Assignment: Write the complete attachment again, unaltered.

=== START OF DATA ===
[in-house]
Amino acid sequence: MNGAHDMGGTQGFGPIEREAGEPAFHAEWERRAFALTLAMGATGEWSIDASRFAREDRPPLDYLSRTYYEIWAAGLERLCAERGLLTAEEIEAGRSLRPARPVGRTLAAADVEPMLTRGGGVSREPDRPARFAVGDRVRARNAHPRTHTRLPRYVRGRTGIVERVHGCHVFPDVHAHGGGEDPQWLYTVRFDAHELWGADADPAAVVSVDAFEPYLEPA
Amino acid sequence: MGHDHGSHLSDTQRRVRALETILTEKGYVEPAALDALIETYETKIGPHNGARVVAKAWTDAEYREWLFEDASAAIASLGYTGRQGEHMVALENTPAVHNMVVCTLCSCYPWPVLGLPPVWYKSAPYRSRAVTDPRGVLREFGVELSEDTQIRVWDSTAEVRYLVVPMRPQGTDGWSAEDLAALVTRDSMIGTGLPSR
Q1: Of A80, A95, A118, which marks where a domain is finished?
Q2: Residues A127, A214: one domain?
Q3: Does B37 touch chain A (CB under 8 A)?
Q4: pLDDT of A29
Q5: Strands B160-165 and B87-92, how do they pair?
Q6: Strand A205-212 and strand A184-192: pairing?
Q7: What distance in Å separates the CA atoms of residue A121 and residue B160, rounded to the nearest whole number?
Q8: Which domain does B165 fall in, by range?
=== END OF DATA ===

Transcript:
[in-house]
Amino acid sequence: MNGAHDMGGTQGFGPIEREAGEPAFHAEWERRAFALTLAMGATGEWSIDASRFAREDRPPLDYLSRTYYEIWAAGLERLCAERGLLTAEEIEAGRSLRPARPVGRTLAAADVEPMLTRGGGVSREPDRPARFAVGDRVRARNAHPRTHTRLPRYVRGRTGIVERVHGCHVFPDVHAHGGGEDPQWLYTVRFDAHELWGADADPAAVVSVDAFEPYLEPA
Amino acid sequence: MGHDHGSHLSDTQRRVRALETILTEKGYVEPAALDALIETYETKIGPHNGARVVAKAWTDAEYREWLFEDASAAIASLGYTGRQGEHMVALENTPAVHNMVVCTLCSCYPWPVLGLPPVWYKSAPYRSRAVTDPRGVLREFGVELSEDTQIRVWDSTAEVRYLVVPMRPQGTDGWSAEDLAALVTRDSMIGTGLPSR
Q1: Of A80, A95, A118, which marks where a domain is finished?
Q2: Residues A127, A214: one domain?
Q3: Does B37 touch chain A (CB under 8 A)?
Q4: pLDDT of A29
Q5: Strands B160-165 and B87-92, how do they pair?
Q6: Strand A205-212 and strand A184-192: pairing?
Q7: What distance in Å separates the CA atoms of residue A121 and residue B160, rounded to the nearest whole number?
Q8: Which domain does B165 fall in, by range?